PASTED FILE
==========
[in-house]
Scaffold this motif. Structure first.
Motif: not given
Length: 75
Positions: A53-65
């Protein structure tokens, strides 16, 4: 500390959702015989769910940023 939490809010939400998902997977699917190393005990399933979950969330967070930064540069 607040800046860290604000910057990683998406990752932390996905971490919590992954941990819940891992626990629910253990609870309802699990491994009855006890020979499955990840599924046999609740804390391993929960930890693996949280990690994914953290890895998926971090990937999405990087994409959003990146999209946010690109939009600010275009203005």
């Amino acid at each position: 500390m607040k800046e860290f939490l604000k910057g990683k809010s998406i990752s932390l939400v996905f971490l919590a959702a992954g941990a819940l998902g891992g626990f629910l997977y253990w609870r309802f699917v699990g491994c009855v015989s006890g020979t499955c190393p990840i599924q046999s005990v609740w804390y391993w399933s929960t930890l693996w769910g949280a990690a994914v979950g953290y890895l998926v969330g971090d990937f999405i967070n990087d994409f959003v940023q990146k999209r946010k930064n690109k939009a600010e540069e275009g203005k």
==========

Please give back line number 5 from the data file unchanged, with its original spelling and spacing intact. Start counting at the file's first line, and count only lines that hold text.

Positions: A53-65